Proposed Manchester Walmart plan clears legal hurdle
MANCHESTER — It looks like the last legal roadblock against a Walmart Supercenter on Gold Street is gone.
The state Supreme Court has upheld a lower court's dismissal of a suit on which opponents had pinned their hopes as they attempted to block Walmart's four-year effort to build the supercenter at the site of the former Associated Grocers warehouse.
The ruling came in the second of two suits filed by opponents. Final briefs in the suit were filed in late June.
The latest ruling, issued Oct. 11, affirmed a Hillsborough County North Superior Court decision that the city's board of mayor and aldermen properly approved altering Gold and Sewall streets by installing gates.
The high court said it did not need oral arguments, but that the briefs and record submitted on appeal were sufficient to make the decision in which all five justices concurred.
Hannaford Brothers, which has a supermarket one street away on John E. Devine Drive, and other nearby companies had filed two suits in an effort to block construction of the proposed 188,000-square-foot store, which would include a full-service supermarket.
One of the suits seeking to block the proposal challenged the planning board decisions that allowed Walmart to move forward. The board required Walmart to make $3.5 million in improvements to nearby roads and to convince the city to gate off the residential portions of Gold and Sewall streets.
The second suit challenged the board of mayor and aldermen's decision to gate off the two streets.
In January, the high court affirmed the lower court decision that upheld the planning board approval. Last week's decision affirmed the lower court ruling dismissing the Hannaford and Victory Distributors appeal of the aldermen's decision.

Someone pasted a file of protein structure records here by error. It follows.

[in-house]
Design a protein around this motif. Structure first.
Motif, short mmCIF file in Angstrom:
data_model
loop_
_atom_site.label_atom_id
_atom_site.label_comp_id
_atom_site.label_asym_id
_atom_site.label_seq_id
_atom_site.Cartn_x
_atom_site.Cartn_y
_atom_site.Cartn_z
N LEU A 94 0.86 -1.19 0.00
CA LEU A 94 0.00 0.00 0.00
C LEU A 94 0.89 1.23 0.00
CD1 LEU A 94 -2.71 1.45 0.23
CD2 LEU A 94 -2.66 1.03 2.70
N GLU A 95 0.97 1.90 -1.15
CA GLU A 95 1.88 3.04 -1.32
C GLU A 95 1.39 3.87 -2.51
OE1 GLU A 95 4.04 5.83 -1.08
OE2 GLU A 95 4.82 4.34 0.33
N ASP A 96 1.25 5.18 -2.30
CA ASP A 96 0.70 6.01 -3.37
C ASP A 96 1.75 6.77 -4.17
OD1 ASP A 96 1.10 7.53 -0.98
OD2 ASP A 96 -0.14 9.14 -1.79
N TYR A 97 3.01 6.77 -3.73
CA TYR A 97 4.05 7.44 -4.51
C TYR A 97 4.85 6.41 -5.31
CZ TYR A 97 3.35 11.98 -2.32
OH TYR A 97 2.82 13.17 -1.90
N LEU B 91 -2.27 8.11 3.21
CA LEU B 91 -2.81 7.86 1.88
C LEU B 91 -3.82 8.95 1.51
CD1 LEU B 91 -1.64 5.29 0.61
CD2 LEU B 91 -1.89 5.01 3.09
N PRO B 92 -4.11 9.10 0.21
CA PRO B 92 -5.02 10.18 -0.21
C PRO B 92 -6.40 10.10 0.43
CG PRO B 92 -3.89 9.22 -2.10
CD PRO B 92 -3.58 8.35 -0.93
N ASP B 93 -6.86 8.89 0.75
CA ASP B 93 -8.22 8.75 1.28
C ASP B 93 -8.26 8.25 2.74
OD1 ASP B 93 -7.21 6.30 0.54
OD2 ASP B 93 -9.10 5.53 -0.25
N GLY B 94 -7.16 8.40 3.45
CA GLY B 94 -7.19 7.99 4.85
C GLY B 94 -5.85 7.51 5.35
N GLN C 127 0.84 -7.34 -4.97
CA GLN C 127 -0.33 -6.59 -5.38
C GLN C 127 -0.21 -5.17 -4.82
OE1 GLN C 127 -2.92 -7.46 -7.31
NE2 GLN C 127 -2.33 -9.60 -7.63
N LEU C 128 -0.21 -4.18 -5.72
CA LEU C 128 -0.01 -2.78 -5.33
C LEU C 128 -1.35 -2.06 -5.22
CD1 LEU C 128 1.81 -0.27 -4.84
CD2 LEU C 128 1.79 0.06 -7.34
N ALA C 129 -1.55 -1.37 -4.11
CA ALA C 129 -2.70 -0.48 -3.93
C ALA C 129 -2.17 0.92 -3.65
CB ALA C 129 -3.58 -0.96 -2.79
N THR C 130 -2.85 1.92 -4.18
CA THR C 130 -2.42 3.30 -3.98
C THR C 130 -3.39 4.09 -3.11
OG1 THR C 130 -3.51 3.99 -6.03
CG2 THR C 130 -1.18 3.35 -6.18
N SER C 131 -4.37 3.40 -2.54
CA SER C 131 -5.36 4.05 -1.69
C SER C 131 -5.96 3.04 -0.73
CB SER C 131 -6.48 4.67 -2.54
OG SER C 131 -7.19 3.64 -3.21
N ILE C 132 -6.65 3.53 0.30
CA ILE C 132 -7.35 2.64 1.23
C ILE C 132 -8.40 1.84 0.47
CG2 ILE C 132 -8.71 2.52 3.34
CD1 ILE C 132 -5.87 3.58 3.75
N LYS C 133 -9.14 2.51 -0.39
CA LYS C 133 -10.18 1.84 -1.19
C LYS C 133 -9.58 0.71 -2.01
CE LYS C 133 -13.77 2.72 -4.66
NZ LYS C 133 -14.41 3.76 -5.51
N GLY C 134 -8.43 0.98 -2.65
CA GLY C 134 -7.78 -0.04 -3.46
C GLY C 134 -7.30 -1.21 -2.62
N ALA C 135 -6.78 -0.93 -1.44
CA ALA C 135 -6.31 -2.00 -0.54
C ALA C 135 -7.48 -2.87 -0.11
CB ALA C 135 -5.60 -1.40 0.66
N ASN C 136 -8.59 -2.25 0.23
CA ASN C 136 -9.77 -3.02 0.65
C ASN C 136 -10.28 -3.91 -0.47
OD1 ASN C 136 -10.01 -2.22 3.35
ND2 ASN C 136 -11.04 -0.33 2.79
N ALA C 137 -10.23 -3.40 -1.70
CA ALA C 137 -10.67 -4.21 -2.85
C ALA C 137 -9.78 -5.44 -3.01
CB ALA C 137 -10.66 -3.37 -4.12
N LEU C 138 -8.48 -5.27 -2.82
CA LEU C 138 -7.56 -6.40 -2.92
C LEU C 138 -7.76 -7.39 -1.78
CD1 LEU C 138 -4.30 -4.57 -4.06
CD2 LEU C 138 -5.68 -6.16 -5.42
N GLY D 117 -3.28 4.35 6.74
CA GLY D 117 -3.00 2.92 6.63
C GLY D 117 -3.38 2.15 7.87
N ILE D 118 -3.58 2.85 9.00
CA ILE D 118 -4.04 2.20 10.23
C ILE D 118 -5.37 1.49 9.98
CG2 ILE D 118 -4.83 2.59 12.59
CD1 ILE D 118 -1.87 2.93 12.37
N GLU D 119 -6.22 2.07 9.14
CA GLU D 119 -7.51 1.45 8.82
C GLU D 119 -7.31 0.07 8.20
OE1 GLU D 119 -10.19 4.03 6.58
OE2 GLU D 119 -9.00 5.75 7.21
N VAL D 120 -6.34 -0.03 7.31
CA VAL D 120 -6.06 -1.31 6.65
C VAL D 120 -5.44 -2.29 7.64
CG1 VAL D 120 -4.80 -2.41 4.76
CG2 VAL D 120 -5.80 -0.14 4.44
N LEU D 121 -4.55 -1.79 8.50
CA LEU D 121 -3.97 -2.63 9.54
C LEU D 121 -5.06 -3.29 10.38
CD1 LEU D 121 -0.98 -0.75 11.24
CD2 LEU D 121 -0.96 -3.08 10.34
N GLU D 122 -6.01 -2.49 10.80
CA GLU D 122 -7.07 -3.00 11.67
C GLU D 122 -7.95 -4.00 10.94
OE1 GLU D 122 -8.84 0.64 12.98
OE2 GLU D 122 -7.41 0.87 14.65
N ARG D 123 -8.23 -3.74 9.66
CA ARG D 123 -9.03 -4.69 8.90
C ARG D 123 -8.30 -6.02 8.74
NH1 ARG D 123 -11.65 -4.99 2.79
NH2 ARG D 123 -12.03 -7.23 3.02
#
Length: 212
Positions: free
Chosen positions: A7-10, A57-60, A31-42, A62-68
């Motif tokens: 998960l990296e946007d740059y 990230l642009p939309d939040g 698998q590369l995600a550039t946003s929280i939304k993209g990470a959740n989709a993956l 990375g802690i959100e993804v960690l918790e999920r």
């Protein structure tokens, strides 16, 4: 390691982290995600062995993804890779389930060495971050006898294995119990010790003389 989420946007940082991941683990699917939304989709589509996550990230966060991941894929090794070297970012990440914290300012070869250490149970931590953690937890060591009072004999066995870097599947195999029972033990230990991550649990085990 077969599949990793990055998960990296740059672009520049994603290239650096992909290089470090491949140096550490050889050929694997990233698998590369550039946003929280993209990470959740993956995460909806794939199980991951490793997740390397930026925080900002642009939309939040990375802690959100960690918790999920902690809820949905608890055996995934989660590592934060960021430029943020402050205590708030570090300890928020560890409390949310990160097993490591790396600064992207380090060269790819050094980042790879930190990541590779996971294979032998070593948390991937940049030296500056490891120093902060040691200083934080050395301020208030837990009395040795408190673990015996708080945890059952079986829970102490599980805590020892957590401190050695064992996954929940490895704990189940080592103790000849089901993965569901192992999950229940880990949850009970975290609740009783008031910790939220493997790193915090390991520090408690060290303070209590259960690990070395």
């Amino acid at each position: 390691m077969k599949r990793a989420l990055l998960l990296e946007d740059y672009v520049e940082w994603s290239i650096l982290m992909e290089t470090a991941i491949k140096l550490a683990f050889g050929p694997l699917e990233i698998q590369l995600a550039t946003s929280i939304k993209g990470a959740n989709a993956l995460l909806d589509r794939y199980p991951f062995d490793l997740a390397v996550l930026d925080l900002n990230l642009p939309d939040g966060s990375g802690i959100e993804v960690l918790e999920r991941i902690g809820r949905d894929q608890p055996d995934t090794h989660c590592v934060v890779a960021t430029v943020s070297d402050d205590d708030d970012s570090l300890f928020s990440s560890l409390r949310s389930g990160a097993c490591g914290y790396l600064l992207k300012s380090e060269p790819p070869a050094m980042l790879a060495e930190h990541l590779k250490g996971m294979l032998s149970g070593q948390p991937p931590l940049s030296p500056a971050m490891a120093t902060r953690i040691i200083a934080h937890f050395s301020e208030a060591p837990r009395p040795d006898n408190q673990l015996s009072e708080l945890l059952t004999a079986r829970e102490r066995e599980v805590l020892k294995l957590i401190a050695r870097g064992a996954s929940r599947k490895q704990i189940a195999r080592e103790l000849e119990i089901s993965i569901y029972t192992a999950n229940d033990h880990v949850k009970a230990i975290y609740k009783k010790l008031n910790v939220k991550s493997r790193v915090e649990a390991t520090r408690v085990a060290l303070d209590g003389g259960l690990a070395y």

Walmart first went before the planning board in September 2009. The planning board approved the project in December 2009 and the board of mayor and aldermen followed suit in March 2010.
Asked Friday when work might begin on the supercenter project, Amanda Henneberg, a Walmart spokesman, said in an email: "We do not have a start date for construction yet."
The supermarket landscape in the area has changed dramatically since Walmart first proposed the supercenter.
Hannaford still has its stores on John E. Devine Drive and on Colby Court in Bedford, but Stop & Shop closed all six of its New Hampshire stores, including the one at 777 S. Willow St., and Shaw's store at 375 S. Willow St. was one of six it recently closed in New Hampshire.
Meanwhile, Market Basket opened stores on Elm Street in downtown Manchester and on Donald Street in Bedford, near the intersection of routes 114 and 101.